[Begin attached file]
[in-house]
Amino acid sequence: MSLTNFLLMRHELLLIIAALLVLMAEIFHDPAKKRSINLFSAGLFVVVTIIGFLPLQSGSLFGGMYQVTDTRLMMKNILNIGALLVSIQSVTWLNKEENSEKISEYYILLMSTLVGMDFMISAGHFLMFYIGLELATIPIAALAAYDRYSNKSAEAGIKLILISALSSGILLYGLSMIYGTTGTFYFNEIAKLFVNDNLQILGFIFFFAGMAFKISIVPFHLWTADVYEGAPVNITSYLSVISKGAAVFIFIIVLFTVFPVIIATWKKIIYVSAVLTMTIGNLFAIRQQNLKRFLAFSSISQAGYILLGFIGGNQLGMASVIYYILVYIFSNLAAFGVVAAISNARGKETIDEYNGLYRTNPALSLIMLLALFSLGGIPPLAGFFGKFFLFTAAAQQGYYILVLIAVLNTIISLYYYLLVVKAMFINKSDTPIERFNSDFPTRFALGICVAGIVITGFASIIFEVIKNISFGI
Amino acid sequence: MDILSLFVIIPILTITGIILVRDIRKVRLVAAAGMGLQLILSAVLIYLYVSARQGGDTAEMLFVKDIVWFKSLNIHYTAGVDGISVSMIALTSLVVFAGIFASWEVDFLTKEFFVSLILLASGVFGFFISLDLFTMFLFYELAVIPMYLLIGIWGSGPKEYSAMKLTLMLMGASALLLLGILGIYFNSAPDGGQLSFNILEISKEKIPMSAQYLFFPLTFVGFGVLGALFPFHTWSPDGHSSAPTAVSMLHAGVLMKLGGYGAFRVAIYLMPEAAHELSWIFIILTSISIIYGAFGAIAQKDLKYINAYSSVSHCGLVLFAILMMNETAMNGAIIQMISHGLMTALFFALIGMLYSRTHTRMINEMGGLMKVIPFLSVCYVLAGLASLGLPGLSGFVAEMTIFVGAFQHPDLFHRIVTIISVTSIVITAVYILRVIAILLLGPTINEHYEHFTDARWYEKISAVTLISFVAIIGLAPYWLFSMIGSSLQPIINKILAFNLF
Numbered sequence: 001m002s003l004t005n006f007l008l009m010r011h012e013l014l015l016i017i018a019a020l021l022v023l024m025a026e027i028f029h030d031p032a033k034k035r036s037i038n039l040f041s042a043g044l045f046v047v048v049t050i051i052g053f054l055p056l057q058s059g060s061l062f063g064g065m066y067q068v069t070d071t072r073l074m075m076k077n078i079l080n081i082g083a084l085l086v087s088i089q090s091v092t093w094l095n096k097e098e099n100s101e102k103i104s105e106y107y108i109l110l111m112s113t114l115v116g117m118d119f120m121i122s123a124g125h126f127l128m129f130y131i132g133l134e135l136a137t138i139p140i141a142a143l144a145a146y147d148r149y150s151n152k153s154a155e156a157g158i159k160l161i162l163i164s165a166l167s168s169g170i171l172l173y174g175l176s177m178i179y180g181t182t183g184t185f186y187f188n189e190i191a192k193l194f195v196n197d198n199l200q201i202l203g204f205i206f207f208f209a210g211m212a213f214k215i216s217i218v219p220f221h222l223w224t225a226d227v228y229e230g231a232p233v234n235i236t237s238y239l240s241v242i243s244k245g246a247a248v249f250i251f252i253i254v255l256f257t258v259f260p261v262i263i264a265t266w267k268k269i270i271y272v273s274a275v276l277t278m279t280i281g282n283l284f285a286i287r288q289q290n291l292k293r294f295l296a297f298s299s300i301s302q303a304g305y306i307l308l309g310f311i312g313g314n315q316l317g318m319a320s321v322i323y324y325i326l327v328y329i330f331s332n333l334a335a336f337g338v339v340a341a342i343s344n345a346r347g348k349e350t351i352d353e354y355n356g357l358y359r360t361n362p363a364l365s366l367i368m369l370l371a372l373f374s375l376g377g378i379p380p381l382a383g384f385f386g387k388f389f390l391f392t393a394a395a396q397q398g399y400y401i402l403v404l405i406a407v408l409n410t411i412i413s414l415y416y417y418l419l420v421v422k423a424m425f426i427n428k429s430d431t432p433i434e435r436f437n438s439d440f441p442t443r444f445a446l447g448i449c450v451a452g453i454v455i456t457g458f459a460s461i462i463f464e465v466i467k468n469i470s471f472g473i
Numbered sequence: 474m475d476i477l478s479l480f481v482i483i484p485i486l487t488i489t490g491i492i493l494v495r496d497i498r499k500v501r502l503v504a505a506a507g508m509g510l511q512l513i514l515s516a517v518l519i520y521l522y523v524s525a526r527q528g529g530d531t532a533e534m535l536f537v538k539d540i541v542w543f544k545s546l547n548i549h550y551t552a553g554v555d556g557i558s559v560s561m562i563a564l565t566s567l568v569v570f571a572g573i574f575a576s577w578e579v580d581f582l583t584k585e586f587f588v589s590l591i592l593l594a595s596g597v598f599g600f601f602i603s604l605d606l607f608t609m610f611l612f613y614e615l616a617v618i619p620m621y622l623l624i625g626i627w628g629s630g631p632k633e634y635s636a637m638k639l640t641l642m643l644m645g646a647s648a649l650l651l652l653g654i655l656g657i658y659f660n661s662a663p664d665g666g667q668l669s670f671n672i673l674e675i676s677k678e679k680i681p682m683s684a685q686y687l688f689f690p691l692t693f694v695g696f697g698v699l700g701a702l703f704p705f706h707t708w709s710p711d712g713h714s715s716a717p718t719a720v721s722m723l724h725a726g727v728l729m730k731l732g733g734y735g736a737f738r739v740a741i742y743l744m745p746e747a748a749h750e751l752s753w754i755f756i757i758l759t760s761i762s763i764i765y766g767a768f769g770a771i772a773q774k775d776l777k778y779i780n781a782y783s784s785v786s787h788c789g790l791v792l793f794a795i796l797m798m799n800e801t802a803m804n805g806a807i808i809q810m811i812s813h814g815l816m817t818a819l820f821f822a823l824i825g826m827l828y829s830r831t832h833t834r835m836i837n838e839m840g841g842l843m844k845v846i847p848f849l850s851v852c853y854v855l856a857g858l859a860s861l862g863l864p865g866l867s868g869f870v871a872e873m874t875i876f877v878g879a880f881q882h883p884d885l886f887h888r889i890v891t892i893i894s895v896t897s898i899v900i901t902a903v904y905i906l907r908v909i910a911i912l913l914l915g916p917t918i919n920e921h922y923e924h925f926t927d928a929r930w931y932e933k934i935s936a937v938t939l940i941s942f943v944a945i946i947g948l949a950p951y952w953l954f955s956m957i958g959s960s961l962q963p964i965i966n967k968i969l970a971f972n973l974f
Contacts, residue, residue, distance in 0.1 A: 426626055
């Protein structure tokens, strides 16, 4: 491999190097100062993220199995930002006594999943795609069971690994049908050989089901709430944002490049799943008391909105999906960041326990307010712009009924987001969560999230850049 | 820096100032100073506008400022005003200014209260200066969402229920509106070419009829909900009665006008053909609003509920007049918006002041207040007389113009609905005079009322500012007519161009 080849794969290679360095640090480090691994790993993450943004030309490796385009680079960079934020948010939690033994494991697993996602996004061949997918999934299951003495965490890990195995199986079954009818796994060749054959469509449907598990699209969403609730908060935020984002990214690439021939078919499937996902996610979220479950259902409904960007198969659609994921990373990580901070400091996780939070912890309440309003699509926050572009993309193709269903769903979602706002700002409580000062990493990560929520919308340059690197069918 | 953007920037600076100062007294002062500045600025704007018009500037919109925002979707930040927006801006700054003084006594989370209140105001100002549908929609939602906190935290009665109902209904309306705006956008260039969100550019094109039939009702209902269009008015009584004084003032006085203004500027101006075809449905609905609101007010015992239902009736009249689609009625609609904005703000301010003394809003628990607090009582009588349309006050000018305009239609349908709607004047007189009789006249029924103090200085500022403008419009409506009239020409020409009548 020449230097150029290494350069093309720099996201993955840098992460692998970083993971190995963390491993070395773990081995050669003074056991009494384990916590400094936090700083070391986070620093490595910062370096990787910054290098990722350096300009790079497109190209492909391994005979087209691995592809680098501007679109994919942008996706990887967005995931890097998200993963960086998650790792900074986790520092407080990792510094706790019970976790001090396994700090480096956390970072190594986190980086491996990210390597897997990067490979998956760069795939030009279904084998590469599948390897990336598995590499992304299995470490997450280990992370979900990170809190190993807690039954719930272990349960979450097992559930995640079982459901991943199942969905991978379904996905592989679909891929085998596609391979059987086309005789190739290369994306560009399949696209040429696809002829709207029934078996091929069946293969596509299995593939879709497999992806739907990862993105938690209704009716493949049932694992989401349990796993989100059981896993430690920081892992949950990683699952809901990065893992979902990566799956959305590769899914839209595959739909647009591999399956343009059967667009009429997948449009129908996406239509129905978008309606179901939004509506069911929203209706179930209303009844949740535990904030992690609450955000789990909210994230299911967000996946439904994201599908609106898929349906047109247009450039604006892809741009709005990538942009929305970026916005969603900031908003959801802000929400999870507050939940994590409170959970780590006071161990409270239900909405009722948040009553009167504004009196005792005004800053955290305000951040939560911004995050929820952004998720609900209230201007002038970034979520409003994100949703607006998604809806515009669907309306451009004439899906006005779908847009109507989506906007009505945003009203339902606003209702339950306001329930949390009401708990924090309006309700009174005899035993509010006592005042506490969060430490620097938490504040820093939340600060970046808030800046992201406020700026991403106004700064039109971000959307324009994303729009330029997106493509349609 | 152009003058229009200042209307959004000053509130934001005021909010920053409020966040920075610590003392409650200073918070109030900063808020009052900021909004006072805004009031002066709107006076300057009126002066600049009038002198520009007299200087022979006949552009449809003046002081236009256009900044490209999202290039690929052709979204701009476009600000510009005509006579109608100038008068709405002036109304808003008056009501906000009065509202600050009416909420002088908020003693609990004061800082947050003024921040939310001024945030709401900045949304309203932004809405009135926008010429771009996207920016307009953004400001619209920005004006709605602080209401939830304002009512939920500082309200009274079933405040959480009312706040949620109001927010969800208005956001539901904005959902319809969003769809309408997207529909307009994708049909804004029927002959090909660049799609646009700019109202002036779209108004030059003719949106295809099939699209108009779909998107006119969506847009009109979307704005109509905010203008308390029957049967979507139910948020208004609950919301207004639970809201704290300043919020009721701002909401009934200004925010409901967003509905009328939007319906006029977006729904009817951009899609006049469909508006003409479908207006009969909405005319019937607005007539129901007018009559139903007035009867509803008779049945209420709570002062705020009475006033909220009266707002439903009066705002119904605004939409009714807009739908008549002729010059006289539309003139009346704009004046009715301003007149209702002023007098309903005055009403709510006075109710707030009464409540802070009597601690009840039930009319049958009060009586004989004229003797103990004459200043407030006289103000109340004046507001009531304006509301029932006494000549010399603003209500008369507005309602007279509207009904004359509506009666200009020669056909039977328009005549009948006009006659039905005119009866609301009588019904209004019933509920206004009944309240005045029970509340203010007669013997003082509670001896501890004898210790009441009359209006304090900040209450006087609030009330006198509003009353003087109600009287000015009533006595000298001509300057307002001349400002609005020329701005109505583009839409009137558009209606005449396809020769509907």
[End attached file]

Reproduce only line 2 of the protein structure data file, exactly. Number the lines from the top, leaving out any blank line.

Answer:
Amino acid sequence: MSLTNFLLMRHELLLIIAALLVLMAEIFHDPAKKRSINLFSAGLFVVVTIIGFLPLQSGSLFGGMYQVTDTRLMMKNILNIGALLVSIQSVTWLNKEENSEKISEYYILLMSTLVGMDFMISAGHFLMFYIGLELATIPIAALAAYDRYSNKSAEAGIKLILISALSSGILLYGLSMIYGTTGTFYFNEIAKLFVNDNLQILGFIFFFAGMAFKISIVPFHLWTADVYEGAPVNITSYLSVISKGAAVFIFIIVLFTVFPVIIATWKKIIYVSAVLTMTIGNLFAIRQQNLKRFLAFSSISQAGYILLGFIGGNQLGMASVIYYILVYIFSNLAAFGVVAAISNARGKETIDEYNGLYRTNPALSLIMLLALFSLGGIPPLAGFFGKFFLFTAAAQQGYYILVLIAVLNTIISLYYYLLVVKAMFINKSDTPIERFNSDFPTRFALGICVAGIVITGFASIIFEVIKNISFGI